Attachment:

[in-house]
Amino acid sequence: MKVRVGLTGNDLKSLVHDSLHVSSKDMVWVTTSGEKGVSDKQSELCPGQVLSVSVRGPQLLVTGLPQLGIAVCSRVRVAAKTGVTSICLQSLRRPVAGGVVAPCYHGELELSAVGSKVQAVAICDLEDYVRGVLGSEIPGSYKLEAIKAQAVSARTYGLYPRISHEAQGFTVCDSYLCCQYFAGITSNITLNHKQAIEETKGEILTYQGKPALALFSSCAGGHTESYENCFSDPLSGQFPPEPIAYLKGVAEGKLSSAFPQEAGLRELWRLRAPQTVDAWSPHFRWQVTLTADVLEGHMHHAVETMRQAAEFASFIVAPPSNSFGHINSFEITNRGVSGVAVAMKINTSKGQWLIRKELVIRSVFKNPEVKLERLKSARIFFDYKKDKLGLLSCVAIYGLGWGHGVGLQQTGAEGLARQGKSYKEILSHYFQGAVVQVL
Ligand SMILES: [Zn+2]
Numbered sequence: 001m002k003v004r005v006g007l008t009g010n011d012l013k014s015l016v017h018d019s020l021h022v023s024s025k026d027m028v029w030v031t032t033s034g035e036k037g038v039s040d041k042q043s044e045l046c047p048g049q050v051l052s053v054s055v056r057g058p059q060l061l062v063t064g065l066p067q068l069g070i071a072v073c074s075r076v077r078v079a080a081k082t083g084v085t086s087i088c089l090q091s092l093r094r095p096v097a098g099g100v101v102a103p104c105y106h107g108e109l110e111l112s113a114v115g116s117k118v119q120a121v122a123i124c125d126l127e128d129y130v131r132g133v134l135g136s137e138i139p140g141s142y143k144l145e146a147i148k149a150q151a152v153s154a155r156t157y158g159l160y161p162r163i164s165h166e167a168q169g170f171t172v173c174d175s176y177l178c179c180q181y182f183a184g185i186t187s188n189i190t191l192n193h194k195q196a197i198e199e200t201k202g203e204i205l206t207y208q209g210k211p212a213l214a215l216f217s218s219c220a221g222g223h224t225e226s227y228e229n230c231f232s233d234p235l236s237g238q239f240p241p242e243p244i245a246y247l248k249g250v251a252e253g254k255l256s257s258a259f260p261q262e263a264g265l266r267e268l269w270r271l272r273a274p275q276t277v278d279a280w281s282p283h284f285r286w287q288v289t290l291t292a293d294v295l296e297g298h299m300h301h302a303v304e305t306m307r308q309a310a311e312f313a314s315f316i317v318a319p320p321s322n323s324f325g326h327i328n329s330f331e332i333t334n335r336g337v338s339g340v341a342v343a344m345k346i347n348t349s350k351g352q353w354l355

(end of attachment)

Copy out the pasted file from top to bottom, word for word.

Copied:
[in-house]
Amino acid sequence: MKVRVGLTGNDLKSLVHDSLHVSSKDMVWVTTSGEKGVSDKQSELCPGQVLSVSVRGPQLLVTGLPQLGIAVCSRVRVAAKTGVTSICLQSLRRPVAGGVVAPCYHGELELSAVGSKVQAVAICDLEDYVRGVLGSEIPGSYKLEAIKAQAVSARTYGLYPRISHEAQGFTVCDSYLCCQYFAGITSNITLNHKQAIEETKGEILTYQGKPALALFSSCAGGHTESYENCFSDPLSGQFPPEPIAYLKGVAEGKLSSAFPQEAGLRELWRLRAPQTVDAWSPHFRWQVTLTADVLEGHMHHAVETMRQAAEFASFIVAPPSNSFGHINSFEITNRGVSGVAVAMKINTSKGQWLIRKELVIRSVFKNPEVKLERLKSARIFFDYKKDKLGLLSCVAIYGLGWGHGVGLQQTGAEGLARQGKSYKEILSHYFQGAVVQVL
Ligand SMILES: [Zn+2]
Numbered sequence: 001m002k003v004r005v006g007l008t009g010n011d012l013k014s015l016v017h018d019s020l021h022v023s024s025k026d027m028v029w030v031t032t033s034g035e036k037g038v039s040d041k042q043s044e045l046c047p048g049q050v051l052s053v054s055v056r057g058p059q060l061l062v063t064g065l066p067q068l069g070i071a072v073c074s075r076v077r078v079a080a081k082t083g084v085t086s087i088c089l090q091s092l093r094r095p096v097a098g099g100v101v102a103p104c105y106h107g108e109l110e111l112s113a114v115g116s117k118v119q120a121v122a123i124c125d126l127e128d129y130v131r132g133v134l135g136s137e138i139p140g141s142y143k144l145e146a147i148k149a150q151a152v153s154a155r156t157y158g159l160y161p162r163i164s165h166e167a168q169g170f171t172v173c174d175s176y177l178c179c180q181y182f183a184g185i186t187s188n189i190t191l192n193h194k195q196a197i198e199e200t201k202g203e204i205l206t207y208q209g210k211p212a213l214a215l216f217s218s219c220a221g222g223h224t225e226s227y228e229n230c231f232s233d234p235l236s237g238q239f240p241p242e243p244i245a246y247l248k249g250v251a252e253g254k255l256s257s258a259f260p261q262e263a264g265l266r267e268l269w270r271l272r273a274p275q276t277v278d279a280w281s282p283h284f285r286w287q288v289t290l291t292a293d294v295l296e297g298h299m300h301h302a303v304e305t306m307r308q309a310a311e312f313a314s315f316i317v318a319p320p321s322n323s324f325g326h327i328n329s330f331e332i333t334n335r336g337v338s339g340v341a342v343a344m345k346i347n348t349s350k351g352q353w354l355